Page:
In the preceding chapters and verses Paul dealt with a matter of incest open sin in the assembly. Then he warned them about keeping company with those who profess Christ, yet are fornicators, covetous, idolators, drunkards and extortioners. In this chapter he expresses shock over the fact that some of them were taking fellow-believers to court before unbelievers. In the verses before us he contends that such behaviour, if not repented of, shows that such persons are destitute of the grace of God and unfit for the kingdom of God, regardless of their profession!
(Vs. 9, 10.) Without the righteousness of Christ, there will be no entrance into the presence and kingdom of God (Matt. 5:20; Heb. 12:14). Christ is our righteousness and sanctification (2 Cor. 5:21; 1 Cor. 1:30). But he is also speaking of an imparted righteousness and a new life which every believer has experienced in Christ (2 Cor. 5:17; Rom. 6:12-15). Do not be deceived nor imagine that you shall be saved while you continue to live in sin and wickedness. Those who practise these evil deeds shall not inherit the kingdom of God.
(Vs. 11.) "Some of you who are now children of God, saved by his free grace, were guilty of these very sins, but you have been washed, cleansed and forgiven in and by the blood of Christ. You have been sanctified." He is not speaking here of the fact that they were set apart by the Father in divine election (though they were), or of the fact that in Christ they have a perfect righteousness and sanctification imputed to them (though they did); but the sanctification of the Holy Spirit (which lies in a principle of new life, new nature, new heart and new desires) has been created in the believer. He does not just claim to be a new person; he is a new person. He loves holiness and hates sin! (Rom. 7:22-25.) "You are also justified before God. All sin is put away and you are accepted in the Beloved, not by works, but you also delight to do his will and glorify his name."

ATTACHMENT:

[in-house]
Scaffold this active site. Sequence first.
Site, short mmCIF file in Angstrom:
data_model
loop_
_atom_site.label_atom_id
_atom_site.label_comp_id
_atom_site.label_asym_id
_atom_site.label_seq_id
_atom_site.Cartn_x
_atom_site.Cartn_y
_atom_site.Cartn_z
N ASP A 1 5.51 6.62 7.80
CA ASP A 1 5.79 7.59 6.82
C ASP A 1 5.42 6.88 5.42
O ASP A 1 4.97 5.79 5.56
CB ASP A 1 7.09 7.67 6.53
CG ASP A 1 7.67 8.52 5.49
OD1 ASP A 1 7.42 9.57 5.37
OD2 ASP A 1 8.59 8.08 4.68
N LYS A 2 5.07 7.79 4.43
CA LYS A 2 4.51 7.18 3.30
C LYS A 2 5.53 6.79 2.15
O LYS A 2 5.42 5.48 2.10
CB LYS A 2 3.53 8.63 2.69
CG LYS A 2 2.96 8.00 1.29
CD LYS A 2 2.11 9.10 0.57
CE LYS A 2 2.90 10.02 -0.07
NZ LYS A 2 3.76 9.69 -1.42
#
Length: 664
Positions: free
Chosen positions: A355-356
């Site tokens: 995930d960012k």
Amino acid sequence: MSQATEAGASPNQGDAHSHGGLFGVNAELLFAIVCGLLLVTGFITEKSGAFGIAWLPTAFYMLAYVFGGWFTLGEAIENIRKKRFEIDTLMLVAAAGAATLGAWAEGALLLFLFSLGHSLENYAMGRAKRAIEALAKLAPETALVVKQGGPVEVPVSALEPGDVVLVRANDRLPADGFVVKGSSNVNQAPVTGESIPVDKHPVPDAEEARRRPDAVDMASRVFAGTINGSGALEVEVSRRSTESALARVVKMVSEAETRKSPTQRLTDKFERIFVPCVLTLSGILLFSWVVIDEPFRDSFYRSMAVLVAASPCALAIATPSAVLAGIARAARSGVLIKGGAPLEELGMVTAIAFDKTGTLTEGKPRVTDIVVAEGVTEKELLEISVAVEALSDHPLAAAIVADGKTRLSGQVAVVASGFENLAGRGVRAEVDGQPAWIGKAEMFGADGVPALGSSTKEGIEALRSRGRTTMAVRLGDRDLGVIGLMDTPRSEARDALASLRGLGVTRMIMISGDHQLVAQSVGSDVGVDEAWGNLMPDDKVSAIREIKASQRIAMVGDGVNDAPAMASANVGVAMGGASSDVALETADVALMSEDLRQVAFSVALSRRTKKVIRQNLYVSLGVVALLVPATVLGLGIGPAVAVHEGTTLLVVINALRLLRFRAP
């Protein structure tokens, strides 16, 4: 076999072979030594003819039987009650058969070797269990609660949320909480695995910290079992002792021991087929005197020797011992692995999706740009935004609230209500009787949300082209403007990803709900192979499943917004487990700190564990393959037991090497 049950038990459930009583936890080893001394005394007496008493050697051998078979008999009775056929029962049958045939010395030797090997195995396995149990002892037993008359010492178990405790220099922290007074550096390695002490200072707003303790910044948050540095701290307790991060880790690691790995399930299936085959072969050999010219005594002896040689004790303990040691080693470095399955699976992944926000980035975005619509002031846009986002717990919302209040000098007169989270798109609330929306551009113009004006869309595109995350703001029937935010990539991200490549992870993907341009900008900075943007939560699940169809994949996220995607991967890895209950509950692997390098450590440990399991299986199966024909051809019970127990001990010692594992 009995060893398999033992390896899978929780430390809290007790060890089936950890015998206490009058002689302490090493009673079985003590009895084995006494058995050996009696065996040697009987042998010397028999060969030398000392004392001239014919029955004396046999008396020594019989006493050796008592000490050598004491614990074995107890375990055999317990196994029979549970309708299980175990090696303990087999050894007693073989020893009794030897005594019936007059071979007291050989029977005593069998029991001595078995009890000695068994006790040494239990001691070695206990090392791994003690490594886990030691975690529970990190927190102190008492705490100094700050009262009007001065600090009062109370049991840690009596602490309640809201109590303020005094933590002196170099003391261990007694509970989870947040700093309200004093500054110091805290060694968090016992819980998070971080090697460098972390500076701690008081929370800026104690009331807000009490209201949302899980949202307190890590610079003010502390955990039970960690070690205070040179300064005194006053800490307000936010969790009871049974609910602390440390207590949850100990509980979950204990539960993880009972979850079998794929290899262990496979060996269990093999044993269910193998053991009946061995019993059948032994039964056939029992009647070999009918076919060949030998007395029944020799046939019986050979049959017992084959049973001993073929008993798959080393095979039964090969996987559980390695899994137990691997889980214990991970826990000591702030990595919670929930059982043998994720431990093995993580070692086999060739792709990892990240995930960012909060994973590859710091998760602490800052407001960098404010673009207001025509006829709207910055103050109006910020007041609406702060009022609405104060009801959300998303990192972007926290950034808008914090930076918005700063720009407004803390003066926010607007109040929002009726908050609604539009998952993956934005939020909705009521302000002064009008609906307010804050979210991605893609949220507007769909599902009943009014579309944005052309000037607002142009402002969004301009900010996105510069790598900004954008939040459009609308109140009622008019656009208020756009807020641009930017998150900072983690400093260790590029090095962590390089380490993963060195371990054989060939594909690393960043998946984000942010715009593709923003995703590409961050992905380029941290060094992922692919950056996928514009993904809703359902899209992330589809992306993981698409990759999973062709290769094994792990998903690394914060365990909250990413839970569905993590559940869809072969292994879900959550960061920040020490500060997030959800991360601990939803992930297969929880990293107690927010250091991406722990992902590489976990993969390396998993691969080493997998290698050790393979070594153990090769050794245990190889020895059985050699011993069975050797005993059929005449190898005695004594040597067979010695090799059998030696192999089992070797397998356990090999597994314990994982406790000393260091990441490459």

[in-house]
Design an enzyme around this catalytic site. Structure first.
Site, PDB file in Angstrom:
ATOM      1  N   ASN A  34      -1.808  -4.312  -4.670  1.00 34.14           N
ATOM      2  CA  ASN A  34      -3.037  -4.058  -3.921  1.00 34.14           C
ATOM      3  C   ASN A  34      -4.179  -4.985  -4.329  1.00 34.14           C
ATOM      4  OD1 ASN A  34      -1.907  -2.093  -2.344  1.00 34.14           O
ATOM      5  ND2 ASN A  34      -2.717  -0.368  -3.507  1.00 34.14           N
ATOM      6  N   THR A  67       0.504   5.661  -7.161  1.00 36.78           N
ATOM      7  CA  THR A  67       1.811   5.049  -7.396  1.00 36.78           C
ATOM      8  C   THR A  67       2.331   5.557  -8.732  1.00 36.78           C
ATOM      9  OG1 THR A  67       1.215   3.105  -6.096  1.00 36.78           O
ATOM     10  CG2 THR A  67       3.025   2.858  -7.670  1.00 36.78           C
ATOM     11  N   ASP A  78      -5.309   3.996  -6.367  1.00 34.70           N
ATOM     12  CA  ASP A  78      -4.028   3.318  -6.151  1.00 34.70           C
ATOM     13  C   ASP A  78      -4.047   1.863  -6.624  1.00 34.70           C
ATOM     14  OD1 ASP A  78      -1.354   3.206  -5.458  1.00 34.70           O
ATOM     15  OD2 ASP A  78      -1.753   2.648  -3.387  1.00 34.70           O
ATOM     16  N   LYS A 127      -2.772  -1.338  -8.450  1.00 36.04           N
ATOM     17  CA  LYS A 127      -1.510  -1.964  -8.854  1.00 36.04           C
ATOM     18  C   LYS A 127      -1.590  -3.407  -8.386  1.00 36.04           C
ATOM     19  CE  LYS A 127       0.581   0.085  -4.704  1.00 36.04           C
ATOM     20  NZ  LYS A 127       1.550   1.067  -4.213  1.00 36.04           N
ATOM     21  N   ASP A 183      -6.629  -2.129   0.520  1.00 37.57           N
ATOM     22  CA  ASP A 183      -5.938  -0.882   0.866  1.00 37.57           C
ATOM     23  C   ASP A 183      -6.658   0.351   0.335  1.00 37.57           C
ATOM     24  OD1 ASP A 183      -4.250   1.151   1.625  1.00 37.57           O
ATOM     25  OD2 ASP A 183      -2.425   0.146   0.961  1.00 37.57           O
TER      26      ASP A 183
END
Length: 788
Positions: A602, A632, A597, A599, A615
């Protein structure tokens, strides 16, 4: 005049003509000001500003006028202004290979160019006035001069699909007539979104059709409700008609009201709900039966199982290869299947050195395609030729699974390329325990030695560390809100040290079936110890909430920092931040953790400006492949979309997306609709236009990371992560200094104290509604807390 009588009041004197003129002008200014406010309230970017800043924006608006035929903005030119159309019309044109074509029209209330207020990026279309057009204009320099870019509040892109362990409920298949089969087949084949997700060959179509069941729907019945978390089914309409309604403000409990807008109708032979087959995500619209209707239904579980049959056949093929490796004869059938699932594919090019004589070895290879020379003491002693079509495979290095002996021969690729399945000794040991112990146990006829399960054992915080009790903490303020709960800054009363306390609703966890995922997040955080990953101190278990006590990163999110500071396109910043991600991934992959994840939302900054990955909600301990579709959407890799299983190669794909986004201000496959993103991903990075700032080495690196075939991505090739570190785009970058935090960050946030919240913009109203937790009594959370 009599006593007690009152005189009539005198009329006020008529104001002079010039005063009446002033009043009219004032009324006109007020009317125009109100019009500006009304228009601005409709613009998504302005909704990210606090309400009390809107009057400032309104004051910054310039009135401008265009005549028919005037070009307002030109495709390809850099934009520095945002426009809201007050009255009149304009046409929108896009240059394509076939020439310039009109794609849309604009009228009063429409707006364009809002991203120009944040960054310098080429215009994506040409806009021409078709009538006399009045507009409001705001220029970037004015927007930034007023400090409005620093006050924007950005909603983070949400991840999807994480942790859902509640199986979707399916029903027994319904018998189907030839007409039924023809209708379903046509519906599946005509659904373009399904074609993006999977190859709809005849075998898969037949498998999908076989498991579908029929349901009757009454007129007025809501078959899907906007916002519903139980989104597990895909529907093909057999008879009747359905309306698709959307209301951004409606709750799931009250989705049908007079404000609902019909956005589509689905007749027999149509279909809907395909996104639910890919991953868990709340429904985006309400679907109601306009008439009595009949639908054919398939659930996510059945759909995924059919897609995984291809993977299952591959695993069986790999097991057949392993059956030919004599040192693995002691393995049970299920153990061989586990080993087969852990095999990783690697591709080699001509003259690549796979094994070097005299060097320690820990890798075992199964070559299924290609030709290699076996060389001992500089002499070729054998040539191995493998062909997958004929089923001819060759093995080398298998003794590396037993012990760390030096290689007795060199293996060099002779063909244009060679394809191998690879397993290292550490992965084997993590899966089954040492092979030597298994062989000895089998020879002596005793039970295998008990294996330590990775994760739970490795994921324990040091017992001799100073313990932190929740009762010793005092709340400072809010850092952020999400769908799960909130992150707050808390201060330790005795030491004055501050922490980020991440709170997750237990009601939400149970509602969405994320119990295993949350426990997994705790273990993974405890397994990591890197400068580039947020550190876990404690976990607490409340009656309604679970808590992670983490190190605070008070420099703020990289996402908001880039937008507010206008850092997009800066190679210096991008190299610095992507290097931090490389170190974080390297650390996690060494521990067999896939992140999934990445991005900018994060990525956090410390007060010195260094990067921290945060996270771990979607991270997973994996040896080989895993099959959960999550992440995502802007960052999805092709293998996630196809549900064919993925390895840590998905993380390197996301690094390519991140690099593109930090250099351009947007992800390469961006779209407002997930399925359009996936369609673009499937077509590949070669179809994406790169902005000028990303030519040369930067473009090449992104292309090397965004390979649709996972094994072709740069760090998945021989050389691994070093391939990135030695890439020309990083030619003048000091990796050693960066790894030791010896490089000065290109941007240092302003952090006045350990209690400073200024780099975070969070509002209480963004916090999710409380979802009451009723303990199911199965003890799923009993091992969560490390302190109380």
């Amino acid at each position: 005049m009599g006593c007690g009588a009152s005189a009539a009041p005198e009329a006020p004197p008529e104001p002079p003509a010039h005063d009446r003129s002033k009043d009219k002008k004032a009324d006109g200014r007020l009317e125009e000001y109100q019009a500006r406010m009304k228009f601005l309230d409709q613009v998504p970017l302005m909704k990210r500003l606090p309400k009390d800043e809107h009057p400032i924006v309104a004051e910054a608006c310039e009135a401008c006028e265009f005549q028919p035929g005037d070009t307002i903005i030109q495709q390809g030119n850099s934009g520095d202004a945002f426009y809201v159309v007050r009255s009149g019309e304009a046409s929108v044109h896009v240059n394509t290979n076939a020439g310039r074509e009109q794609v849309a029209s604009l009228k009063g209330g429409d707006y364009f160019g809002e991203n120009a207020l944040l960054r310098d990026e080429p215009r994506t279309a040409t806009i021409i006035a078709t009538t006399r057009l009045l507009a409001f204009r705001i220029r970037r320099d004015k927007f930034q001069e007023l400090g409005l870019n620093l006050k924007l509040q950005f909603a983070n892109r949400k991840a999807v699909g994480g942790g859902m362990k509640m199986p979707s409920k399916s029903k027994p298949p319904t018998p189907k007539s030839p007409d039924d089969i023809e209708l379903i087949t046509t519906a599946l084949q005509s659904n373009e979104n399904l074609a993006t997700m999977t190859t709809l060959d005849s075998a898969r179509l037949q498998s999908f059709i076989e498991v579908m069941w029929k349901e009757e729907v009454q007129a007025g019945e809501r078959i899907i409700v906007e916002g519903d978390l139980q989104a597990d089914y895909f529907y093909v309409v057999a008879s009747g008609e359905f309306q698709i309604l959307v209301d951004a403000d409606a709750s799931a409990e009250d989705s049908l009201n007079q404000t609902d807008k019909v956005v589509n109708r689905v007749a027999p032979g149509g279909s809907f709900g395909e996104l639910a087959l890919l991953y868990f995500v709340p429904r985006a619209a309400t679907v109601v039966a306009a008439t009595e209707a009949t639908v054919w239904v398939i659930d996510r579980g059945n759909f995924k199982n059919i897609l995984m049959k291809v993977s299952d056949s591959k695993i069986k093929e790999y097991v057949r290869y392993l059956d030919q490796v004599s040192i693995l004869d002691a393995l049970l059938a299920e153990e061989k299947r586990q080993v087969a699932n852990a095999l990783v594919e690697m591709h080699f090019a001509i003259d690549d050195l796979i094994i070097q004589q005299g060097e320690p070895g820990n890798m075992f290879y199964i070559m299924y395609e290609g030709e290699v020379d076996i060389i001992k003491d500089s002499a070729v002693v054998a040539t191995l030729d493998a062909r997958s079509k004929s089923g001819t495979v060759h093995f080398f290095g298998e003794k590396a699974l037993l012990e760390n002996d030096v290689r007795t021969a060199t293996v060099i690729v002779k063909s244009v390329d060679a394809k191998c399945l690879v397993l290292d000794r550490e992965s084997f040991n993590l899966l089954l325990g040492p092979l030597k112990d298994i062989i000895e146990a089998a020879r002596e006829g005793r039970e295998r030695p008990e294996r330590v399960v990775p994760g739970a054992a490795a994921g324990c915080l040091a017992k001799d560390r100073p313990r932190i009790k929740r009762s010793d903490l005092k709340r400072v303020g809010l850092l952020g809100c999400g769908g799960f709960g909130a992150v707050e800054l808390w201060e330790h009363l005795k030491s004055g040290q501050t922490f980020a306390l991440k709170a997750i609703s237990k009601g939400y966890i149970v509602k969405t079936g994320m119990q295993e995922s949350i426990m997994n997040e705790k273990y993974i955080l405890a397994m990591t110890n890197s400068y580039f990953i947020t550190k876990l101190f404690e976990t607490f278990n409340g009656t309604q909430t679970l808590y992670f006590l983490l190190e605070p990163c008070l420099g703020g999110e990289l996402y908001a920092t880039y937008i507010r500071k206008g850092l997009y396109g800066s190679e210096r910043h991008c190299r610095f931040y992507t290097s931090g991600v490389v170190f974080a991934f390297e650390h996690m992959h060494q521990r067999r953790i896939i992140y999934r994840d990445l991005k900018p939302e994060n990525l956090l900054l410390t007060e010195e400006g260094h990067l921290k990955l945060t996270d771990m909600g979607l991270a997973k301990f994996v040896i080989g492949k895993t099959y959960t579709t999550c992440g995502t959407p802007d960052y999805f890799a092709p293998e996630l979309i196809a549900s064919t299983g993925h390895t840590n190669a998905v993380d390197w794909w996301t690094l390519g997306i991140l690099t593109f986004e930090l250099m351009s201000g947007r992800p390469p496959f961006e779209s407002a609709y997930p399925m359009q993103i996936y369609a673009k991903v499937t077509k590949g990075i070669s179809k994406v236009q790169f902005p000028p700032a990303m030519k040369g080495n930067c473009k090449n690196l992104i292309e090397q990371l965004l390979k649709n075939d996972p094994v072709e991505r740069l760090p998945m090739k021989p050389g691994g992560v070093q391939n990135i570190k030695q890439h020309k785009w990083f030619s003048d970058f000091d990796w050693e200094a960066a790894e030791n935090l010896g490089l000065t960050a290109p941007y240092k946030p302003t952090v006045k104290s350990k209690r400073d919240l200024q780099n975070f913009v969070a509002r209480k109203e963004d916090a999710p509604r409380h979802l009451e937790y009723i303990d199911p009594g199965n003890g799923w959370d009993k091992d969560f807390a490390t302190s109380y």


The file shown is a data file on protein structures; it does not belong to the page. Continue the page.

(Vs. l2.) "All things are permissible for me" (certainly no fornication, idolatry, drunkenness, adultery, or such), that is, the things which are not explicitly forbidden in the Word of God (such as foods, drinks and material pleasures). "But all these things are not necessarily helpful to me nor good for me. When these indifferent things destroy my fellowship, peace and comfort, or cause a weak brother to stumble, they become wrong. Therefore, I will not become a slave to my appetite, desires or fleshly wants. I regard even the indifferent things of the world in the light of my relationship with Christ and his church and can set them aside for his glory."
(Vs. 13, 14.) Though food is intended for the body and the body for food, yet this cannot be said of sexual immorality, which some of the Corinthians and the Gentiles took to be as indifferent as food and drink. We must satisfy the craving of the body for food and drink, whatever food is available, but sexual desires are to be met in a state of marriage, not promiscuously (1 Cor. 7:2). Our bodies are intended to serve and glorify him in righteousness and holiness and at the last to be raised by him and made like to his glorious body (Phil. 3:20, 21).
(Vs. 15-17.) We were chosen in Christ, given to him and made one with him, our bodies as well as our souls. We are redeemed by him and in union with him. "Shall I take the members of Christ and make them members of a prostitute?" This would be an absurd and sinful thing. One who engages in union with a prostitute becomes one with her, even as the Lord spoke of husband and wife (legally and spiritually) becoming one flesh. But he who is united with Christ by grace and faith is one Spirit with him. This union is a spiritual one, complete and perfect.
(Vs. 18.) "Shun immorality and all sexual looseness; flee from impurity in word, thought or deed: Most sins that a man commits are committed by the abuse of other things and do not bring hurt and reproach on the body as sexual immorality does. The body is defiled, dishonoured and disgraced by immoral conduct.
(Vs. 19.) What is said in 1 Corinthians 3:16, 17 of saints in general is said here of our bodies in particular. The Spirit of God dwells in us, and we are not our own; we belong to him, We are not our own masters to live to satisfy our lusts, nor to abuse these temples. We are his by creation, by choice and by covenant.
(Vs. 20.) We were redeemed by Christ; therefore, we are to glorify him in all things! (Col 3:17.)